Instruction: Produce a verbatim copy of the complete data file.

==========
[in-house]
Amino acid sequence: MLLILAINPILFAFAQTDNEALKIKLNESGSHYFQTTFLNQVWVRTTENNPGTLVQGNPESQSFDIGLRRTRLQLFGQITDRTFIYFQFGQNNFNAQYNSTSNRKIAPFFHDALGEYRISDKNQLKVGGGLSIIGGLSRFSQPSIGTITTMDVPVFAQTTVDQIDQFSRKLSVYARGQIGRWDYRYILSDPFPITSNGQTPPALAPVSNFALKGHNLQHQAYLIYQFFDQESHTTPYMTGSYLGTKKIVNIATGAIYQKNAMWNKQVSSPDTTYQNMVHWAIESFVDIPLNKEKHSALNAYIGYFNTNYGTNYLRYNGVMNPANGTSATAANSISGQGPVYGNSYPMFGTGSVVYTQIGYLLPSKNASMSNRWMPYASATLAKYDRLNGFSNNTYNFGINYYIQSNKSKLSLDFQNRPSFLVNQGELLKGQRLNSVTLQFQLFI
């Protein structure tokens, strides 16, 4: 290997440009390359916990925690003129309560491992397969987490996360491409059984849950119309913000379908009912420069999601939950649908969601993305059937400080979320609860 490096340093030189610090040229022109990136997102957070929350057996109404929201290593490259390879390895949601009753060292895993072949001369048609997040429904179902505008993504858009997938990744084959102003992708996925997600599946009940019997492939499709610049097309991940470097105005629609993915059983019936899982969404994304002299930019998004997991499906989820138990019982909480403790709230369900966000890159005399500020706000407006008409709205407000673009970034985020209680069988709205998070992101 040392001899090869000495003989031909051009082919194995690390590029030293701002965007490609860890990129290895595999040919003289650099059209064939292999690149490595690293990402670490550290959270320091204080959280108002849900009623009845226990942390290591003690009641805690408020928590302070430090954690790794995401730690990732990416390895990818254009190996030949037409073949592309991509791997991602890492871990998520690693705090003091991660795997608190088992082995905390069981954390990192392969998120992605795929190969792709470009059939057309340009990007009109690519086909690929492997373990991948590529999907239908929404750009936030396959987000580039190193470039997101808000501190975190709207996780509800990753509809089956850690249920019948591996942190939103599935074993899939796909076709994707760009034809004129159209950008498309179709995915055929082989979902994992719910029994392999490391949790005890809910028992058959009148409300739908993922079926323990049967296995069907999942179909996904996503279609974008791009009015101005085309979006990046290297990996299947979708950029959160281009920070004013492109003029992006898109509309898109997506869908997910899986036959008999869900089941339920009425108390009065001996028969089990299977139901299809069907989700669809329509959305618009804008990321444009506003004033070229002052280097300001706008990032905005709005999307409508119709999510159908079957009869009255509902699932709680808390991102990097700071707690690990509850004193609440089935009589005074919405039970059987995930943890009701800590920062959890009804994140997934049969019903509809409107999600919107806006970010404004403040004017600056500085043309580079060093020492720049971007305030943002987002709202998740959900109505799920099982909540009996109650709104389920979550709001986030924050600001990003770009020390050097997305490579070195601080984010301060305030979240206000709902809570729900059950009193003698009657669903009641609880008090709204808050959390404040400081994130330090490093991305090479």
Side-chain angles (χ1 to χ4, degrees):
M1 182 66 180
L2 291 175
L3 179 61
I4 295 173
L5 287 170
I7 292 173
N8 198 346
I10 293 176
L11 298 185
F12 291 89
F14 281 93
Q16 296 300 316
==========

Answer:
[in-house]
Amino acid sequence: MLLILAINPILFAFAQTDNEALKIKLNESGSHYFQTTFLNQVWVRTTENNPGTLVQGNPESQSFDIGLRRTRLQLFGQITDRTFIYFQFGQNNFNAQYNSTSNRKIAPFFHDALGEYRISDKNQLKVGGGLSIIGGLSRFSQPSIGTITTMDVPVFAQTTVDQIDQFSRKLSVYARGQIGRWDYRYILSDPFPITSNGQTPPALAPVSNFALKGHNLQHQAYLIYQFFDQESHTTPYMTGSYLGTKKIVNIATGAIYQKNAMWNKQVSSPDTTYQNMVHWAIESFVDIPLNKEKHSALNAYIGYFNTNYGTNYLRYNGVMNPANGTSATAANSISGQGPVYGNSYPMFGTGSVVYTQIGYLLPSKNASMSNRWMPYASATLAKYDRLNGFSNNTYNFGINYYIQSNKSKLSLDFQNRPSFLVNQGELLKGQRLNSVTLQFQLFI
């Protein structure tokens, strides 16, 4: 290997440009390359916990925690003129309560491992397969987490996360491409059984849950119309913000379908009912420069999601939950649908969601993305059937400080979320609860 490096340093030189610090040229022109990136997102957070929350057996109404929201290593490259390879390895949601009753060292895993072949001369048609997040429904179902505008993504858009997938990744084959102003992708996925997600599946009940019997492939499709610049097309991940470097105005629609993915059983019936899982969404994304002299930019998004997991499906989820138990019982909480403790709230369900966000890159005399500020706000407006008409709205407000673009970034985020209680069988709205998070992101 040392001899090869000495003989031909051009082919194995690390590029030293701002965007490609860890990129290895595999040919003289650099059209064939292999690149490595690293990402670490550290959270320091204080959280108002849900009623009845226990942390290591003690009641805690408020928590302070430090954690790794995401730690990732990416390895990818254009190996030949037409073949592309991509791997991602890492871990998520690693705090003091991660795997608190088992082995905390069981954390990192392969998120992605795929190969792709470009059939057309340009990007009109690519086909690929492997373990991948590529999907239908929404750009936030396959987000580039190193470039997101808000501190975190709207996780509800990753509809089956850690249920019948591996942190939103599935074993899939796909076709994707760009034809004129159209950008498309179709995915055929082989979902994992719910029994392999490391949790005890809910028992058959009148409300739908993922079926323990049967296995069907999942179909996904996503279609974008791009009015101005085309979006990046290297990996299947979708950029959160281009920070004013492109003029992006898109509309898109997506869908997910899986036959008999869900089941339920009425108390009065001996028969089990299977139901299809069907989700669809329509959305618009804008990321444009506003004033070229002052280097300001706008990032905005709005999307409508119709999510159908079957009869009255509902699932709680808390991102990097700071707690690990509850004193609440089935009589005074919405039970059987995930943890009701800590920062959890009804994140997934049969019903509809409107999600919107806006970010404004403040004017600056500085043309580079060093020492720049971007305030943002987002709202998740959900109505799920099982909540009996109650709104389920979550709001986030924050600001990003770009020390050097997305490579070195601080984010301060305030979240206000709902809570729900059950009193003698009657669903009641609880008090709204808050959390404040400081994130330090490093991305090479």
Side-chain angles (χ1 to χ4, degrees):
M1 182 66 180
L2 291 175
L3 179 61
I4 295 173
L5 287 170
I7 292 173
N8 198 346
I10 293 176
L11 298 185
F12 291 89
F14 281 93
Q16 296 300 316